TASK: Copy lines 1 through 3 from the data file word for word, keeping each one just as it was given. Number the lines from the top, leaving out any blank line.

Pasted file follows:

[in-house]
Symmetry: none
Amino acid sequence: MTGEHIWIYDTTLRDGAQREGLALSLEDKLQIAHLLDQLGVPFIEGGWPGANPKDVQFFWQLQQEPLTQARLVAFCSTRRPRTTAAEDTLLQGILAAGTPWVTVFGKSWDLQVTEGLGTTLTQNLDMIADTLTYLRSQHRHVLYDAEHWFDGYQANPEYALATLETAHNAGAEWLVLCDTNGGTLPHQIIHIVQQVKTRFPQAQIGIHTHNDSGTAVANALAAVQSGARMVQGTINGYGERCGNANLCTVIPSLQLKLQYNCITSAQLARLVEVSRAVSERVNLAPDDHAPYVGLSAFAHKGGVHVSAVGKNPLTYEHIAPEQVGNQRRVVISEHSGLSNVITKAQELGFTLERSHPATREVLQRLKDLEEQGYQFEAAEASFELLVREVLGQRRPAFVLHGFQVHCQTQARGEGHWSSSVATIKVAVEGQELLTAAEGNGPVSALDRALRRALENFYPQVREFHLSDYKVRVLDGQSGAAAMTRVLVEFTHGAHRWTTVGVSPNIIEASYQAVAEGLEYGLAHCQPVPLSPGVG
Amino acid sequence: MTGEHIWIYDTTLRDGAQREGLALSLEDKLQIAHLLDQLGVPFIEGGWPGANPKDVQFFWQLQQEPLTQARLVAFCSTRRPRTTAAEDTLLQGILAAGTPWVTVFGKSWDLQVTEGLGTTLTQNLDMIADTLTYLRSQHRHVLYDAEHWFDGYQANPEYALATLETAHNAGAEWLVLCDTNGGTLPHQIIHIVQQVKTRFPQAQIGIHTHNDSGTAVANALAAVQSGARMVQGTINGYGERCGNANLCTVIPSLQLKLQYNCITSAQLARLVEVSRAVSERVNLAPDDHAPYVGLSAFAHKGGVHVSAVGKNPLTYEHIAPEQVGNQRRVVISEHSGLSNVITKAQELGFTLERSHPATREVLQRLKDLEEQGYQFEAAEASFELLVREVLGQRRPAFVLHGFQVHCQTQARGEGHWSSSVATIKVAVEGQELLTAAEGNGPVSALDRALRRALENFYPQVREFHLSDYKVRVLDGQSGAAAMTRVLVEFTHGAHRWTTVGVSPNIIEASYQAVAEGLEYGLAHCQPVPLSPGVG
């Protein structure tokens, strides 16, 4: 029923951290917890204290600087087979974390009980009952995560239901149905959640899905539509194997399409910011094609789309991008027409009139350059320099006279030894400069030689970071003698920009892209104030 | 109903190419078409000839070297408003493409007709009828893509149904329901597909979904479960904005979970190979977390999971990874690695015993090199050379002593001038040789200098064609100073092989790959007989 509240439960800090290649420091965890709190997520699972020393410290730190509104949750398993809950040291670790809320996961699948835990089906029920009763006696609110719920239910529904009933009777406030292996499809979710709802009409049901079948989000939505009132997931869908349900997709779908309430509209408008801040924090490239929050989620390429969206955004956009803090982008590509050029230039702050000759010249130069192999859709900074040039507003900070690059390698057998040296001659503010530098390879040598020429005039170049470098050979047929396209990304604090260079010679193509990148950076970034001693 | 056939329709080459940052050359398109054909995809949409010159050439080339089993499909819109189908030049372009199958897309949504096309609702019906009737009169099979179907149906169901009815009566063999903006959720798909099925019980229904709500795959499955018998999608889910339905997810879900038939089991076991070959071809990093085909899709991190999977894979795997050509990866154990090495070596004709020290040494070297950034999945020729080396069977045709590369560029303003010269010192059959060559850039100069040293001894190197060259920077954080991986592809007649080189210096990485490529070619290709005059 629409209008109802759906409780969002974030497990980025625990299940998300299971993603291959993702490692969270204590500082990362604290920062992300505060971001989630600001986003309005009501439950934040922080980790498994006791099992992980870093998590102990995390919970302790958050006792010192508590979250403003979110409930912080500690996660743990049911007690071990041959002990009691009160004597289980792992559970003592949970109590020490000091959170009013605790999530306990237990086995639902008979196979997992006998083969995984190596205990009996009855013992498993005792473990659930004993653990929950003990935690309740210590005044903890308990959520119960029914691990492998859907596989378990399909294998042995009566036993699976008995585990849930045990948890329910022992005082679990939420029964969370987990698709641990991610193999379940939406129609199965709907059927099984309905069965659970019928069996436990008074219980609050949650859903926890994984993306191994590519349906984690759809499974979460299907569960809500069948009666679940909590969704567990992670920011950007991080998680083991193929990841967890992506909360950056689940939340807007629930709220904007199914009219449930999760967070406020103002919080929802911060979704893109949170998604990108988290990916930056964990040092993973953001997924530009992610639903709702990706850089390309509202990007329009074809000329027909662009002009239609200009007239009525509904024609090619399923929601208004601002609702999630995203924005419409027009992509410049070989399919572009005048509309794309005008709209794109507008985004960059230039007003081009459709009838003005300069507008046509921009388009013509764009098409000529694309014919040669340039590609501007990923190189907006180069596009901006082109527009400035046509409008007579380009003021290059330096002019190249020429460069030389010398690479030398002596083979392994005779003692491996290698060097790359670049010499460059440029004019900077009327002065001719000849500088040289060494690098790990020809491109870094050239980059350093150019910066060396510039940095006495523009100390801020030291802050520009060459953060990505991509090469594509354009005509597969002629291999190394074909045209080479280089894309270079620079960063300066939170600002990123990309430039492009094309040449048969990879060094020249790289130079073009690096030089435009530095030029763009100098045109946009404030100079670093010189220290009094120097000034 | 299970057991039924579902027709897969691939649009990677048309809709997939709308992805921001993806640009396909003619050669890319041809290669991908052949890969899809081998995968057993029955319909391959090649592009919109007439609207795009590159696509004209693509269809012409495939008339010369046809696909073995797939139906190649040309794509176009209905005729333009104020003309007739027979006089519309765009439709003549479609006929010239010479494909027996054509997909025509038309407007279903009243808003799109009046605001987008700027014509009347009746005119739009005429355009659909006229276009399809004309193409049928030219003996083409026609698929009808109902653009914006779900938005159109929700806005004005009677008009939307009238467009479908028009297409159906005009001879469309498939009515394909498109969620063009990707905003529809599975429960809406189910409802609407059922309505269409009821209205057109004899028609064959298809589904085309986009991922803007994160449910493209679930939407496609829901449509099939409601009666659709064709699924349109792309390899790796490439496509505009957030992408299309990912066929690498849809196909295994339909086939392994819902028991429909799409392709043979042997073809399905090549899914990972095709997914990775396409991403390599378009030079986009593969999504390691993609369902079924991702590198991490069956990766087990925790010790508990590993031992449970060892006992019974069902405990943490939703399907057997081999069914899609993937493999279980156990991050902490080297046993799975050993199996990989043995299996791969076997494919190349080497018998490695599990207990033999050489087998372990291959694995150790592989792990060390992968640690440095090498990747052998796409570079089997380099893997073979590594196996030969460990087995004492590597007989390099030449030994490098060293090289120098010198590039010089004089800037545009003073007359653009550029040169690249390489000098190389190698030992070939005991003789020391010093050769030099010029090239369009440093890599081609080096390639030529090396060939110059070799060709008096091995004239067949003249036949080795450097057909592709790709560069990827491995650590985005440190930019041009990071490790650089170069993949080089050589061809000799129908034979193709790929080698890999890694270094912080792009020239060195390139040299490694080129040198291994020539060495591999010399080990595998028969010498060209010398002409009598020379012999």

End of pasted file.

[in-house]
Symmetry: none
Amino acid sequence: MTGEHIWIYDTTLRDGAQREGLALSLEDKLQIAHLLDQLGVPFIEGGWPGANPKDVQFFWQLQQEPLTQARLVAFCSTRRPRTTAAEDTLLQGILAAGTPWVTVFGKSWDLQVTEGLGTTLTQNLDMIADTLTYLRSQHRHVLYDAEHWFDGYQANPEYALATLETAHNAGAEWLVLCDTNGGTLPHQIIHIVQQVKTRFPQAQIGIHTHNDSGTAVANALAAVQSGARMVQGTINGYGERCGNANLCTVIPSLQLKLQYNCITSAQLARLVEVSRAVSERVNLAPDDHAPYVGLSAFAHKGGVHVSAVGKNPLTYEHIAPEQVGNQRRVVISEHSGLSNVITKAQELGFTLERSHPATREVLQRLKDLEEQGYQFEAAEASFELLVREVLGQRRPAFVLHGFQVHCQTQARGEGHWSSSVATIKVAVEGQELLTAAEGNGPVSALDRALRRALENFYPQVREFHLSDYKVRVLDGQSGAAAMTRVLVEFTHGAHRWTTVGVSPNIIEASYQAVAEGLEYGLAHCQPVPLSPGVG